Animal Life Cycles (FREE Learning Material)

Wednesday, April 30, 2014

We are still continuing our vertebrate study and at this point we are exploring the life cycle of each group.  The aim of this study is to compare the life cycle of each group, to differentiate their development and identify their similarities as well.

Prior to this, I introduced the Animal Kingdom and the Vertebrate group.
To start off, we have The Life Cycle of a Frog for amphibians. Printable materials used here are my Animal Kingdom file, Vertebrate Sorting Cards and the Animal Life Cycles FREE printable.  The link to the file is at the end of this post.
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I have the life cycle figures to represent the pictures. My son loooves them!
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And I asked my son to name all the amphibians that he can remember.  I place the pictures on the left and their life cycle on the right.

Here, we concluded that:
Amphibians have jelly-like eggs.
They lay their eggs in the water.
They don't look like their parents when they are born.
They have silky slimy and sometimes toxic skin.
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Next are the birds. Same process here, he has to name any bird and then we'll talk about The Life Cycle of a Chicken.
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As you can see, our Baby Bear is participating as well :)
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After the discussion of the life cycle, we concluded that:

Birds have hard shells.
They lay their eggs on nest or in soft area and keeps them warm.
They look like their parents when they are born.
Their skin is covered with feathers.

Reptiles are my son's favourite group because dinosaurs belong here.  We talked about The Life Cycle of a Snake and see how it differs with the other groups.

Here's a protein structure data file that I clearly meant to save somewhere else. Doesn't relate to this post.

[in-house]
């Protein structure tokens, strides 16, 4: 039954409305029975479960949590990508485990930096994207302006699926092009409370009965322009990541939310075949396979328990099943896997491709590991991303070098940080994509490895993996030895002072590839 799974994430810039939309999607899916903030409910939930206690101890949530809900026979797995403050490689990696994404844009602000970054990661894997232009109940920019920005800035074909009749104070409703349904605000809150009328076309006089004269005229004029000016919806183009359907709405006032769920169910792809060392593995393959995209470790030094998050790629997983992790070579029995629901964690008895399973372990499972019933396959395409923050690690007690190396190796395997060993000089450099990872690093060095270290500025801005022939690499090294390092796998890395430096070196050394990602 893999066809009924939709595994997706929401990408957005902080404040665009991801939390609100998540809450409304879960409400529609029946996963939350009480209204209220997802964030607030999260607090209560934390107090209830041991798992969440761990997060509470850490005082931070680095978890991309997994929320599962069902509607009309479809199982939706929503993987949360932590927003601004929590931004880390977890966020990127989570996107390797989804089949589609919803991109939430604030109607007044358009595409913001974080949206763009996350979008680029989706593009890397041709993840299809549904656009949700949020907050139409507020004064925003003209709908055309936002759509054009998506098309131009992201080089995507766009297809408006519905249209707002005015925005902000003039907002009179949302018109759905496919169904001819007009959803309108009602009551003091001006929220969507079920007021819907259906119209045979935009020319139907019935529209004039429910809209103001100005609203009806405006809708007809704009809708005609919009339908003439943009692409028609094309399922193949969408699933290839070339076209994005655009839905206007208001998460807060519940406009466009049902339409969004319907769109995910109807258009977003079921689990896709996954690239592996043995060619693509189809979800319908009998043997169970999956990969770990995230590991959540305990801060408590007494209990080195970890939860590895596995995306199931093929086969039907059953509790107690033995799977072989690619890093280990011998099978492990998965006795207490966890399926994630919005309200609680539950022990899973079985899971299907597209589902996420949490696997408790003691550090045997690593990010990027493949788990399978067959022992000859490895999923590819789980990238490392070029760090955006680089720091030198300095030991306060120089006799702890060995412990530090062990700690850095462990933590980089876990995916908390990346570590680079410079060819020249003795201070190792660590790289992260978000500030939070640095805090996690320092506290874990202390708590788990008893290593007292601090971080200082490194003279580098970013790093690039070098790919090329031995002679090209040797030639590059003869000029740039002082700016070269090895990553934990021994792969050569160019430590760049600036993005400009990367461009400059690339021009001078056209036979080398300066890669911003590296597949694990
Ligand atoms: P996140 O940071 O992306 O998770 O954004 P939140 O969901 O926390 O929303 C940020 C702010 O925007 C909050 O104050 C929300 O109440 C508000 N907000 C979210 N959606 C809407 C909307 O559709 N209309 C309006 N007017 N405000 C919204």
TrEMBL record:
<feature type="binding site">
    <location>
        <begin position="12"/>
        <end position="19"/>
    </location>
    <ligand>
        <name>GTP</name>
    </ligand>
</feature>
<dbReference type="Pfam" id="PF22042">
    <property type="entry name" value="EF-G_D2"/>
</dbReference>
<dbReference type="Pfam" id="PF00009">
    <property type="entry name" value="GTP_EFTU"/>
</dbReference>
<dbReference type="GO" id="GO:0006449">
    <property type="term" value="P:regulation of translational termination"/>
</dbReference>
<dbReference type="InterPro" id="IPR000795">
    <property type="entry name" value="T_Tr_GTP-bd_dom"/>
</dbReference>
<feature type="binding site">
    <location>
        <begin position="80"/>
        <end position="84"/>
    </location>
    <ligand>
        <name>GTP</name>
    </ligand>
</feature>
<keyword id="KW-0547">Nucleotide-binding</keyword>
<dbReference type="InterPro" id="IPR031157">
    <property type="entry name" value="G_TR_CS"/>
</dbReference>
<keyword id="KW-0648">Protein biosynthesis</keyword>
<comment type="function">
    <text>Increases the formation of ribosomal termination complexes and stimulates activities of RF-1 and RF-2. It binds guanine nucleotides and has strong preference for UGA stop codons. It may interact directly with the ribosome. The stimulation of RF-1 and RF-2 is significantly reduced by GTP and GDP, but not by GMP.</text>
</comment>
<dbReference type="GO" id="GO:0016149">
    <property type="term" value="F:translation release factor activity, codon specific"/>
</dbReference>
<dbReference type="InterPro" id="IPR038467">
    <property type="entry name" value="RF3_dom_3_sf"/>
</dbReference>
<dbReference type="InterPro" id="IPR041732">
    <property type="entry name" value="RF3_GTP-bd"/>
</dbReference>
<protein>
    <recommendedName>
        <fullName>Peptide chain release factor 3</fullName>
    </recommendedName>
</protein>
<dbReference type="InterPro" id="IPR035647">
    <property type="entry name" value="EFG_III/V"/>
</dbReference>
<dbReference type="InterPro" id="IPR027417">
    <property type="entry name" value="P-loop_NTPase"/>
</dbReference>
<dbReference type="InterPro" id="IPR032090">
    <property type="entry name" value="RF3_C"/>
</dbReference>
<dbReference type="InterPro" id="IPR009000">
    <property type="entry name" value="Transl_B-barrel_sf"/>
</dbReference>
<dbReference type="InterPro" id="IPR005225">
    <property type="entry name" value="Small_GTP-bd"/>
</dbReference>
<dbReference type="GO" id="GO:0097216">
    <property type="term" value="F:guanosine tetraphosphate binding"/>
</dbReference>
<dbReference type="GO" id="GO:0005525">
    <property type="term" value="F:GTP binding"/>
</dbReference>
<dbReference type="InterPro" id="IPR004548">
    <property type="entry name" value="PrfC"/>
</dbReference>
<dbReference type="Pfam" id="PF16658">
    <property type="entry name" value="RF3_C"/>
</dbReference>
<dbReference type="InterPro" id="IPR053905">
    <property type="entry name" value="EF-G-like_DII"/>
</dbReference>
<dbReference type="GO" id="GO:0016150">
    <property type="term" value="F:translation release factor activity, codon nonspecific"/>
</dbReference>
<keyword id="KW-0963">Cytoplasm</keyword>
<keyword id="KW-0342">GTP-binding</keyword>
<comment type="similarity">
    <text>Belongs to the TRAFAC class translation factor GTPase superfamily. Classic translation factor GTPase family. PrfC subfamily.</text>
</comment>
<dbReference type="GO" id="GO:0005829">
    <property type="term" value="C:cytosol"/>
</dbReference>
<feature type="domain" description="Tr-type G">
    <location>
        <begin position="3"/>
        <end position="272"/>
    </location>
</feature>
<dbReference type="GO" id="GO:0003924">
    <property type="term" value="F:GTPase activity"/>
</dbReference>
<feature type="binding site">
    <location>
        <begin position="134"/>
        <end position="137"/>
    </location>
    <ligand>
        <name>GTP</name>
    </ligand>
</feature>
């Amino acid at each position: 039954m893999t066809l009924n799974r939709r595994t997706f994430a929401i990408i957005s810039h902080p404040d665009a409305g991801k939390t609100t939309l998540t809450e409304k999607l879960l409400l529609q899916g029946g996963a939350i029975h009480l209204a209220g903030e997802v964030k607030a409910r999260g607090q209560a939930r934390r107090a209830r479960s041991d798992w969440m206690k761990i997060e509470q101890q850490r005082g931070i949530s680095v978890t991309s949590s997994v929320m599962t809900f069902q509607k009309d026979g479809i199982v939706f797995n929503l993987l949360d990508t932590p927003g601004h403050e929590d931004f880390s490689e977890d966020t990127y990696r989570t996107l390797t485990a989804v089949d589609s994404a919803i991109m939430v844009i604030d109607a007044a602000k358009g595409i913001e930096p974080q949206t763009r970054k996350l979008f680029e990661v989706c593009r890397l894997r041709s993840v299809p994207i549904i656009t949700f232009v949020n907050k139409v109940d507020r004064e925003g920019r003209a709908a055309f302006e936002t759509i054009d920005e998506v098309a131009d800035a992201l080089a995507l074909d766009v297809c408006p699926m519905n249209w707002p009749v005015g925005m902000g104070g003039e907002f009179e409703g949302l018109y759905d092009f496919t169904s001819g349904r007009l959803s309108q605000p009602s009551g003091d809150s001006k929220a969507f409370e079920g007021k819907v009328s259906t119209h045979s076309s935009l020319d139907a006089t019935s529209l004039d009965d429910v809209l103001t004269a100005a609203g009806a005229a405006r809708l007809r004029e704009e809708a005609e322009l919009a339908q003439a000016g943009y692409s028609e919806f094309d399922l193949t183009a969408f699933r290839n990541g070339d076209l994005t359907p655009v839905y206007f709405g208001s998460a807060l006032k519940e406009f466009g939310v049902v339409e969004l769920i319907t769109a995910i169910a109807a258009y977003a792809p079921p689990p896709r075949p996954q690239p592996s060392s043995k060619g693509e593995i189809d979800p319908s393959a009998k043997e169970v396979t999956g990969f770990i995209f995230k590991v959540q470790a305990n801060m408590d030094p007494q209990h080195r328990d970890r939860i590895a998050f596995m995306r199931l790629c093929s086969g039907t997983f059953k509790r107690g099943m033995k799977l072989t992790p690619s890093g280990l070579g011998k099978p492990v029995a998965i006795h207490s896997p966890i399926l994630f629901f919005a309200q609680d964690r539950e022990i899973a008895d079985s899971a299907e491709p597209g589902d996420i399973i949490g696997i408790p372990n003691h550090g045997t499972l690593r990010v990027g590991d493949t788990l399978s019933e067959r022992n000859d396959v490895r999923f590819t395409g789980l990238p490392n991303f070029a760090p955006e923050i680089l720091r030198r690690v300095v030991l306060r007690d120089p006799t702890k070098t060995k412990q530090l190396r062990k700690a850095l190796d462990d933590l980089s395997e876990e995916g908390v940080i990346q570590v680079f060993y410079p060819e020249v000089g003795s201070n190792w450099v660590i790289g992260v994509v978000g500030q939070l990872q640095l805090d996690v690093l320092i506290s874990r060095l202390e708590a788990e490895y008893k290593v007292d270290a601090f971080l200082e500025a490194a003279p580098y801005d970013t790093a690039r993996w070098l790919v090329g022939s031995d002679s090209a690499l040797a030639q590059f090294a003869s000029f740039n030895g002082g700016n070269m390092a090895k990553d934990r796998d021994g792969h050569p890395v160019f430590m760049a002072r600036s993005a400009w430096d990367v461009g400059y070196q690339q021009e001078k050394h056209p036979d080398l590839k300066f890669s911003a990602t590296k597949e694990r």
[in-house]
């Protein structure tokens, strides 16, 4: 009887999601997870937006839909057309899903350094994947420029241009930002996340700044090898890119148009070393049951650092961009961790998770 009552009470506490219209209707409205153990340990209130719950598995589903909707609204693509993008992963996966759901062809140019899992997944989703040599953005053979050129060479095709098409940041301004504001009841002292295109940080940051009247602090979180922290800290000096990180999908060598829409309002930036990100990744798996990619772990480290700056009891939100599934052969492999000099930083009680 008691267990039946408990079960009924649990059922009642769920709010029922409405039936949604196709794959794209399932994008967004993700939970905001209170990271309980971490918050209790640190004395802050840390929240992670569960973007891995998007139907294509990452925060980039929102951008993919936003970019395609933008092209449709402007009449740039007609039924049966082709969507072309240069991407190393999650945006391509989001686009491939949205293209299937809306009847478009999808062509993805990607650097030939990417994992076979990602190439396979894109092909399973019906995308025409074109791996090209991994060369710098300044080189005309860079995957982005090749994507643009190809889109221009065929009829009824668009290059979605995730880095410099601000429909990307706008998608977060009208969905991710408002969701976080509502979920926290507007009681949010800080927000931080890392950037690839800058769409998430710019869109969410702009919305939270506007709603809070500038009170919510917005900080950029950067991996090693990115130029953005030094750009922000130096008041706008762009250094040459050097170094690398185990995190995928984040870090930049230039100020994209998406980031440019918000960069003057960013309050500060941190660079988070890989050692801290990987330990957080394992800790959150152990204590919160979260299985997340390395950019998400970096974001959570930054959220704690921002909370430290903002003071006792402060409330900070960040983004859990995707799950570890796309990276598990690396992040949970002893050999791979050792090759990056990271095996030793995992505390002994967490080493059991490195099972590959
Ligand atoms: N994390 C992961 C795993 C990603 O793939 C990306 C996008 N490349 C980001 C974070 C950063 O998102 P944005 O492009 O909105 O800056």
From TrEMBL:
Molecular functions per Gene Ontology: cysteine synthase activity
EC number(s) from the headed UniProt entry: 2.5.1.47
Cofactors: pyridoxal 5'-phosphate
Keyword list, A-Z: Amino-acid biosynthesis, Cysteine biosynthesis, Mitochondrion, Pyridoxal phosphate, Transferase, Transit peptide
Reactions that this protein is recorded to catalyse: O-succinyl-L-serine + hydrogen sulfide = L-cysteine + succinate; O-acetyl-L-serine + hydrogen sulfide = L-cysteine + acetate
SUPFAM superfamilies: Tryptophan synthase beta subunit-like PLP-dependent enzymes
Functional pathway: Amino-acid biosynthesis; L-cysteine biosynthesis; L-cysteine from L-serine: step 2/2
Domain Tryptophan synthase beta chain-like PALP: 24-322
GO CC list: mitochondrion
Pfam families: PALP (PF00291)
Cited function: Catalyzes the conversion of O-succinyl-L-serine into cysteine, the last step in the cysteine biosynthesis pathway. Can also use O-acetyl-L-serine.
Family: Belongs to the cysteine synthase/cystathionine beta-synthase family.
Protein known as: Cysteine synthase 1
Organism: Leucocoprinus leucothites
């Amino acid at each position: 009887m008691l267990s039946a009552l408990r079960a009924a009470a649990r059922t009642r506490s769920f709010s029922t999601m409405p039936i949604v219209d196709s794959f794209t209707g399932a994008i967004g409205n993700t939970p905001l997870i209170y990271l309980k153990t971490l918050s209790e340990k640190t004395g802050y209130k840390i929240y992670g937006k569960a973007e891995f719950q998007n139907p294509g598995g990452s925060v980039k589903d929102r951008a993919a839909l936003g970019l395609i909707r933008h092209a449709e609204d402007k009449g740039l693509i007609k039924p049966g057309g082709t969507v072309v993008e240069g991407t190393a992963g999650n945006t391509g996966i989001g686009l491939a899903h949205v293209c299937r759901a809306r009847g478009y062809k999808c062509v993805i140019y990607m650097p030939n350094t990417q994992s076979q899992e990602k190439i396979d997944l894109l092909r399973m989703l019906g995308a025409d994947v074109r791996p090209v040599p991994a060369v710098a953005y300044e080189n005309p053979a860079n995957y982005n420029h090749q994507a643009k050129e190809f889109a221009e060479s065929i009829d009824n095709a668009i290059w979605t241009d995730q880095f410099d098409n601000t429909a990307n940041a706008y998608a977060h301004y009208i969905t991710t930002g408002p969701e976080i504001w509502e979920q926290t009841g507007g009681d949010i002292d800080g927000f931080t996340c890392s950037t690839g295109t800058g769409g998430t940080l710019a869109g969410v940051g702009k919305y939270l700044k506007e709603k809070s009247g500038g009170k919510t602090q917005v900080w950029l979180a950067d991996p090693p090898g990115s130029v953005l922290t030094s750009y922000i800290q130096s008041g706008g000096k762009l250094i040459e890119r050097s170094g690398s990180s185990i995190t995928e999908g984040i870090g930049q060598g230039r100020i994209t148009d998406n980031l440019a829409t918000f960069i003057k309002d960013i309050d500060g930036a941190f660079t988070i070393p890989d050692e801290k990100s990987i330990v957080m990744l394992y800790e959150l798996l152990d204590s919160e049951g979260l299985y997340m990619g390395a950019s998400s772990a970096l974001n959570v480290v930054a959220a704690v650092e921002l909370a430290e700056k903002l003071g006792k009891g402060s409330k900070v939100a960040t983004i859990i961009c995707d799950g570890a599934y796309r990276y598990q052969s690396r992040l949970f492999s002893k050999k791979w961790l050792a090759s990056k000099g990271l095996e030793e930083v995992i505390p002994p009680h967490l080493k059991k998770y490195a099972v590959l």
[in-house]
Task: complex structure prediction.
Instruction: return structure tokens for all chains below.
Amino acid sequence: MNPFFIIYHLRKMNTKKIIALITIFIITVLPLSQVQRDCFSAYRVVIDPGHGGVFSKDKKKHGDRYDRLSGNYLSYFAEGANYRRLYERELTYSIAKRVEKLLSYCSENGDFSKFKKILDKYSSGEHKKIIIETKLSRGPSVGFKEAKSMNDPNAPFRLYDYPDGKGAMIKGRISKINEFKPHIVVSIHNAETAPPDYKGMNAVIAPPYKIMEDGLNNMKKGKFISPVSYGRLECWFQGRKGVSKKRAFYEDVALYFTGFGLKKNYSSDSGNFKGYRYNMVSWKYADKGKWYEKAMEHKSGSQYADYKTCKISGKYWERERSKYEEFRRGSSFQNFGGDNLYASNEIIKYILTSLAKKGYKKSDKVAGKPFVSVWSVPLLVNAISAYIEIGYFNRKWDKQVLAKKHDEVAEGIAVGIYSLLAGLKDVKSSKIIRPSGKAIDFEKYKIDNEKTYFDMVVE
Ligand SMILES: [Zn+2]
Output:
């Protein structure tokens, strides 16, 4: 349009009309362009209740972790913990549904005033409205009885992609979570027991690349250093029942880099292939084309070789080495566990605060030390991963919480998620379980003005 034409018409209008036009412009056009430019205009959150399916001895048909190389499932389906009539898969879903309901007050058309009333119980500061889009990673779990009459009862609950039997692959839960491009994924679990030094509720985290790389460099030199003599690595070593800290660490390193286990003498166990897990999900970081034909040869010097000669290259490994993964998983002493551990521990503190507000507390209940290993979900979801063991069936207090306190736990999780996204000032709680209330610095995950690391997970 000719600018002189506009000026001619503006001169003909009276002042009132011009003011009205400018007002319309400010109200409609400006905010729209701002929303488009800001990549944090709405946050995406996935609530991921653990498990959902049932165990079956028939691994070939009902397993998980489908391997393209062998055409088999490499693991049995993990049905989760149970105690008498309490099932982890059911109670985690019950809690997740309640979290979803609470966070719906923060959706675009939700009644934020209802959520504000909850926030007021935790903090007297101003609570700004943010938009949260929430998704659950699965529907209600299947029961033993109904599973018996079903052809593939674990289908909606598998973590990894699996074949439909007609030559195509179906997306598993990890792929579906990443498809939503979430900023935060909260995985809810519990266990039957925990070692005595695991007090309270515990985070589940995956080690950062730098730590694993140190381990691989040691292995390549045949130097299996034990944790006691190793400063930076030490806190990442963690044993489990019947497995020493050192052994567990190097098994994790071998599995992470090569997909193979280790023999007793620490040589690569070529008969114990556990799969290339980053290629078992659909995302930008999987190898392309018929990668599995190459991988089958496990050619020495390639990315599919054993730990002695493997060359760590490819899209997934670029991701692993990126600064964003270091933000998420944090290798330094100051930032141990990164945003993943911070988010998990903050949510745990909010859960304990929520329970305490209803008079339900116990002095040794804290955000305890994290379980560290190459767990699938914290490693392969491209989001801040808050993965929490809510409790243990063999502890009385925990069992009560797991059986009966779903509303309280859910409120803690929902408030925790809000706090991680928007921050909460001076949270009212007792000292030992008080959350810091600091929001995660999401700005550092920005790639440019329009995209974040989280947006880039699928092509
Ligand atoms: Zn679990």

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Here we concluded that:
They have hard leathery like egg shells.
They lay their eggs on land.
They look like their parents when they are born (hatchlings).
They have scaly hard skin.
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Then we have the fish and we talked about the Life Cycle of a Salmon to represent this group.
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My file includes the order of the cycle and also a brief description of each stage.
Here we concluded that:
Fish lay eggs in the water.
Salmons have food sac when they're still young.
They have gills and scaly skin.
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And the last is the Life Cycle of a Dog for the mammals. My camera's battery ran out already so I wasn't able to take a picture.

Here we concluded that:
Mammals are born as their parent's young. Meaning they look exactly the same as their parents. Not in an egg form but a little version of their Mommies and Daddies.
Mothers feed their youngs with their milk.
Mammals have furry or hairy skin that protects them.

At the end of our session, I gave him all the picture cards of the life cycle and asked him to arrange them in order.  Sorry the picture is not really clear as this was taken via my phone.  Here you can see that the child can easily differentiate how the animal groups differ from each other via their life cycle.